Reports that, along with the banks, the agricultural supply industries had shouldered much of the burden following this year’s delayed support payments were borne out by members of the Agricultural Industries Confederation (AIC) yesterday.
Chair of the organisation’s Scottish region, John Calder, said that the impact of the later delivery of support payments had been progressive, but as the year wore on advances of credit to the farming industry had increased well above the usual rate.
He said that while no actual figures were available, anecdotal evidence suggested that this was in the order of 20 per cent above the normal provision.
With the feed trade taking the worst of the strain, the chairman of the Scottish feed committee, Donald Harvey, estimated that sales of animal feed had been back by around 15 per cent across the winter, with overall margins for many companies down by four to five per cent.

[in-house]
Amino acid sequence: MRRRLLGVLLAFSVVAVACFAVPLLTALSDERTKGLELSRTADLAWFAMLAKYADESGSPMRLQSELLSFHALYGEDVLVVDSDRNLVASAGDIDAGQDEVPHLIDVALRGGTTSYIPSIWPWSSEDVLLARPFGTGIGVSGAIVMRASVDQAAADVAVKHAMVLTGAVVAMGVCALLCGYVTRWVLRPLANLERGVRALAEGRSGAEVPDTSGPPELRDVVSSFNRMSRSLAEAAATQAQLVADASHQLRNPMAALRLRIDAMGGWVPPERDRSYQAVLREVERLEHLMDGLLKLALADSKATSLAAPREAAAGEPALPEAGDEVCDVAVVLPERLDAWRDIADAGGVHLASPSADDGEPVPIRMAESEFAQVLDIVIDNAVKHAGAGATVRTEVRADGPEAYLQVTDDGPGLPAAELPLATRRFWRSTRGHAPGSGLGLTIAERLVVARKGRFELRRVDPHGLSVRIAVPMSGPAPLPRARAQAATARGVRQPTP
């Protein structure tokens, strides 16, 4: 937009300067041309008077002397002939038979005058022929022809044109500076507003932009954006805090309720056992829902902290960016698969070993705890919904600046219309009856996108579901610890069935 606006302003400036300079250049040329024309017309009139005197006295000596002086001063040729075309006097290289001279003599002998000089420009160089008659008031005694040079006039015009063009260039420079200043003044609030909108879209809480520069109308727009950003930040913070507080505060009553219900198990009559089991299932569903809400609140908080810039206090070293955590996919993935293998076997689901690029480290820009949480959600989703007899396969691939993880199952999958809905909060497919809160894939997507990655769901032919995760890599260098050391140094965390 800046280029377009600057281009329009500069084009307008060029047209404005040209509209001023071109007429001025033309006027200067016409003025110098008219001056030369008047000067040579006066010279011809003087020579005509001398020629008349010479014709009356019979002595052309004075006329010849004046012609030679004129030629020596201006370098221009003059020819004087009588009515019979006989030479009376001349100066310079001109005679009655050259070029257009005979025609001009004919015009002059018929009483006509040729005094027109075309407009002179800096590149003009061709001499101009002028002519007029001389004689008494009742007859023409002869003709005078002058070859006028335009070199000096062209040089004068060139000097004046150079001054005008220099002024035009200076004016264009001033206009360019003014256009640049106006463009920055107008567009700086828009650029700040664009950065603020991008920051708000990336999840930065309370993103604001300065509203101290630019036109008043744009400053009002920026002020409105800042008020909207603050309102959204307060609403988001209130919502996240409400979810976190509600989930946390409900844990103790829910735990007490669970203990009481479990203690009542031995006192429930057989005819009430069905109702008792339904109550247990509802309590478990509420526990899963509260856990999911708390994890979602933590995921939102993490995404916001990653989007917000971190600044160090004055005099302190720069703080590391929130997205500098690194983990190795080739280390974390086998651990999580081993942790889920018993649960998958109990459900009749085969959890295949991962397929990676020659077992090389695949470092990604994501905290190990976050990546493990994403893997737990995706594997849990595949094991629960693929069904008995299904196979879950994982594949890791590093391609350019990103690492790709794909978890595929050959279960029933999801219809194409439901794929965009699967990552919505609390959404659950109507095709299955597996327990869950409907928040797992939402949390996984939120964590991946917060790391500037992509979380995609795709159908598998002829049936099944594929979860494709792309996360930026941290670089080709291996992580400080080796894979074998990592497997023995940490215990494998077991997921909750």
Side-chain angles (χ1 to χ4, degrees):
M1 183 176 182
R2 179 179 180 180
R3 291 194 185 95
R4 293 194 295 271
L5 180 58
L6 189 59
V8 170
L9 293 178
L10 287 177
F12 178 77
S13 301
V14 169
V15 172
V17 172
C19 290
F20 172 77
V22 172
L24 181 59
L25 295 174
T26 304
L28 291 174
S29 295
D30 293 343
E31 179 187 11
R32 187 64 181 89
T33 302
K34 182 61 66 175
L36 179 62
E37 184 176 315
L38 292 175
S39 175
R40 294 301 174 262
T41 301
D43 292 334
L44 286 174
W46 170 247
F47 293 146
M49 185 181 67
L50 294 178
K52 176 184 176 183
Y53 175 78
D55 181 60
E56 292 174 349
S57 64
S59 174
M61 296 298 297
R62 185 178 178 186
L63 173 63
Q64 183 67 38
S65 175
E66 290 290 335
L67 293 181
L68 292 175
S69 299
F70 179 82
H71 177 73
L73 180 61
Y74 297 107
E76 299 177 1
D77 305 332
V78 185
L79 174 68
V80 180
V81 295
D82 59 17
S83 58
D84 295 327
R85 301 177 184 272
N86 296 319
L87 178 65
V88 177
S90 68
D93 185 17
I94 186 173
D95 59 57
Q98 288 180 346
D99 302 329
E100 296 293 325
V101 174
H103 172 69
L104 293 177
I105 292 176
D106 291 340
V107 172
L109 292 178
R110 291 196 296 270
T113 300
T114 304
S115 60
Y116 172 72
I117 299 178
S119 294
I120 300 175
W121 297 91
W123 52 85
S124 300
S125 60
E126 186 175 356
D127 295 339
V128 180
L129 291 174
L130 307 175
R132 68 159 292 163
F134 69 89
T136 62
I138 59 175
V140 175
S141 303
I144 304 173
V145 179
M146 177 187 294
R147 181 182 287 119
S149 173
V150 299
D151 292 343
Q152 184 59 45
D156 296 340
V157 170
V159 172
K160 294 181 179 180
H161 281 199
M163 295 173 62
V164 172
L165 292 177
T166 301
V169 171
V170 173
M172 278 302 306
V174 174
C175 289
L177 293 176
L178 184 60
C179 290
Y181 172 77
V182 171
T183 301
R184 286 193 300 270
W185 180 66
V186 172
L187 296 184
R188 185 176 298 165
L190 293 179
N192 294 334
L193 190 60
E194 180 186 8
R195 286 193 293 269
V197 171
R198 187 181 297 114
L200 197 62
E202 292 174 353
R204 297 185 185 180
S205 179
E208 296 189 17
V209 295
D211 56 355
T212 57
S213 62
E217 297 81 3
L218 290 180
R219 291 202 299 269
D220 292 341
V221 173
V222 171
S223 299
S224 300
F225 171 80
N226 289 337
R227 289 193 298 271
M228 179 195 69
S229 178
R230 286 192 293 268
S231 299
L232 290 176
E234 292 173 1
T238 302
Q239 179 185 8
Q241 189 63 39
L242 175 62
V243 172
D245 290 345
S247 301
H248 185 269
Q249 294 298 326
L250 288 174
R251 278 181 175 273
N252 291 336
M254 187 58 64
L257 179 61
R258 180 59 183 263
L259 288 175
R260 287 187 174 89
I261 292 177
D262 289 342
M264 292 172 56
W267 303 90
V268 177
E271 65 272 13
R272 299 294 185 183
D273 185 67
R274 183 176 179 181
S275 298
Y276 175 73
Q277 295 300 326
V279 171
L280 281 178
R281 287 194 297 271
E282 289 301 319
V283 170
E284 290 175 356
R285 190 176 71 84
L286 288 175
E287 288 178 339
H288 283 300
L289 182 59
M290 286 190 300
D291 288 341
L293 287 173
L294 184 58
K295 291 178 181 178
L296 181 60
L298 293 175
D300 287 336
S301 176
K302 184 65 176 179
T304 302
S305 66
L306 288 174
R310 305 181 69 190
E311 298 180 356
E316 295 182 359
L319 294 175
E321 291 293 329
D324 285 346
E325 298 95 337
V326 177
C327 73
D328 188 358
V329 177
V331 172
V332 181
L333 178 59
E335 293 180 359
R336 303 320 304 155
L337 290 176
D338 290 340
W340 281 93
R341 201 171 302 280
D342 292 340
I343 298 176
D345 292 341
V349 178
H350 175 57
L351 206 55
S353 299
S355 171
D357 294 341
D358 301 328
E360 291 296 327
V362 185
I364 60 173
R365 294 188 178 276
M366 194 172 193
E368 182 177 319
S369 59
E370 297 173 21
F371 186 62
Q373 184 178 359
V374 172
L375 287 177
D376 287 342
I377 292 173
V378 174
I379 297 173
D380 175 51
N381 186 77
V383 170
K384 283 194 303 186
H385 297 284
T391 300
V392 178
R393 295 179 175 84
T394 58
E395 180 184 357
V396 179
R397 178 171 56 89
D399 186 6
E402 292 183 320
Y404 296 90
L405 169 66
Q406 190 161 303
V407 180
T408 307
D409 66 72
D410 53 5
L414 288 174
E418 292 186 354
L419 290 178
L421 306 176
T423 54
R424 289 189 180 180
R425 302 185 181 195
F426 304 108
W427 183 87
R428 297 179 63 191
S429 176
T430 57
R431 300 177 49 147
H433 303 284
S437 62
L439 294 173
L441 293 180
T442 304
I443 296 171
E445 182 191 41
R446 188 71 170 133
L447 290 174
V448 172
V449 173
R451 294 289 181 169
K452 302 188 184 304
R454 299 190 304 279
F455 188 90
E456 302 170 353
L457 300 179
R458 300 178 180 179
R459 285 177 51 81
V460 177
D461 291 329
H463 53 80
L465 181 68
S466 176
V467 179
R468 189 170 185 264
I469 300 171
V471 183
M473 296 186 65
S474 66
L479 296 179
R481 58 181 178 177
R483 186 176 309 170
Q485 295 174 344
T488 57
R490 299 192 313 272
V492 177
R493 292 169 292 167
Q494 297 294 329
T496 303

Harvey also said that it appeared many cattle producers had taken the decision to cut back on high-quality feeds with the intention of finishing their cattle later than normal off grass, rather than getting them to slaughter weight before turnout: “And in some areas it looks like almost 20 per cent more cattle will be going out to be finished this way than would normally be the case.”
On the cereal side, Robin Barron, chair of the regional arable committee, indicated that while downward price pressures were likely to continue this year due to high world production and stocks, Scottish production was likely to be lower over the next 12 months, following two record crops in a row.
Figures suggested that both winter wheat plantings and the area down to spring barley were back on the year – and the weather so far was likely to see grain yields fall to closer to the average figures. Combining these two points he said that estimates were for a drop of 10 per cent in overall production.
Signs that producers were beginning to address the drop in demand for malting barley due to the blip in whisky sales figures were given by seed committee chairman Gordon Stewart, who revealed that this year sales of barley seed had fallen by 10 per cent while those of oats had continued the recent rising trend and had increased by 10 per cent.